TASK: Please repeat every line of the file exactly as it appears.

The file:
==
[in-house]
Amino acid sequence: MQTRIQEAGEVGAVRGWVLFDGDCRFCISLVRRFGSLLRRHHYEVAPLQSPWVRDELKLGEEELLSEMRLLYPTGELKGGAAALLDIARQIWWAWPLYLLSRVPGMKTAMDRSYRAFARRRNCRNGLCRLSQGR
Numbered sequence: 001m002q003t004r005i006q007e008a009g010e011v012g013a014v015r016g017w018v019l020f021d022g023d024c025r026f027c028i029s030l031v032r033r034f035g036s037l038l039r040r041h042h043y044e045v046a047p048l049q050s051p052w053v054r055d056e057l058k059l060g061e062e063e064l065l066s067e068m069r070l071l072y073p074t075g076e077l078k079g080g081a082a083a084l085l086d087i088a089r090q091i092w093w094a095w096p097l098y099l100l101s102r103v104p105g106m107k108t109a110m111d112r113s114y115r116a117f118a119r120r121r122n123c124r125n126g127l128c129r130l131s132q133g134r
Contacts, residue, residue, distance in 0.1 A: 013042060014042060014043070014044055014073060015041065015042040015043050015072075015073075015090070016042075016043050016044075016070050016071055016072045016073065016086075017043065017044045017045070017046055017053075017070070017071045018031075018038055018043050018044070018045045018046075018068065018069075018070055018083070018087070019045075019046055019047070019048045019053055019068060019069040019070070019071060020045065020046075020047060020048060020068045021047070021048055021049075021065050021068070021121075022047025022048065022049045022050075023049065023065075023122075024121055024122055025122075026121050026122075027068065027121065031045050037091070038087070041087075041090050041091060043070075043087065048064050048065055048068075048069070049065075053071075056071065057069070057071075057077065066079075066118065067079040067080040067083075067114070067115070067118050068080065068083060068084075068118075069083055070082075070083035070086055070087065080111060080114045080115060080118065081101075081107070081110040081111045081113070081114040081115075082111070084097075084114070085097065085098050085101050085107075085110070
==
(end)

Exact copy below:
[in-house]
Amino acid sequence: MQTRIQEAGEVGAVRGWVLFDGDCRFCISLVRRFGSLLRRHHYEVAPLQSPWVRDELKLGEEELLSEMRLLYPTGELKGGAAALLDIARQIWWAWPLYLLSRVPGMKTAMDRSYRAFARRRNCRNGLCRLSQGR
Numbered sequence: 001m002q003t004r005i006q007e008a009g010e011v012g013a014v015r016g017w018v019l020f021d022g023d024c025r026f027c028i029s030l031v032r033r034f035g036s037l038l039r040r041h042h043y044e045v046a047p048l049q050s051p052w053v054r055d056e057l058k059l060g061e062e063e064l065l066s067e068m069r070l071l072y073p074t075g076e077l078k079g080g081a082a083a084l085l086d087i088a089r090q091i092w093w094a095w096p097l098y099l100l101s102r103v104p105g106m107k108t109a110m111d112r113s114y115r116a117f118a119r120r121r122n123c124r125n126g127l128c129r130l131s132q133g134r
Contacts, residue, residue, distance in 0.1 A: 013042060014042060014043070014044055014073060015041065015042040015043050015072075015073075015090070016042075016043050016044075016070050016071055016072045016073065016086075017043065017044045017045070017046055017053075017070070017071045018031075018038055018043050018044070018045045018046075018068065018069075018070055018083070018087070019045075019046055019047070019048045019053055019068060019069040019070070019071060020045065020046075020047060020048060020068045021047070021048055021049075021065050021068070021121075022047025022048065022049045022050075023049065023065075023122075024121055024122055025122075026121050026122075027068065027121065031045050037091070038087070041087075041090050041091060043070075043087065048064050048065055048068075048069070049065075053071075056071065057069070057071075057077065066079075066118065067079040067080040067083075067114070067115070067118050068080065068083060068084075068118075069083055070082075070083035070086055070087065080111060080114045080115060080118065081101075081107070081110040081111045081113070081114040081115075082111070084097075084114070085097065085098050085101050085107075085110070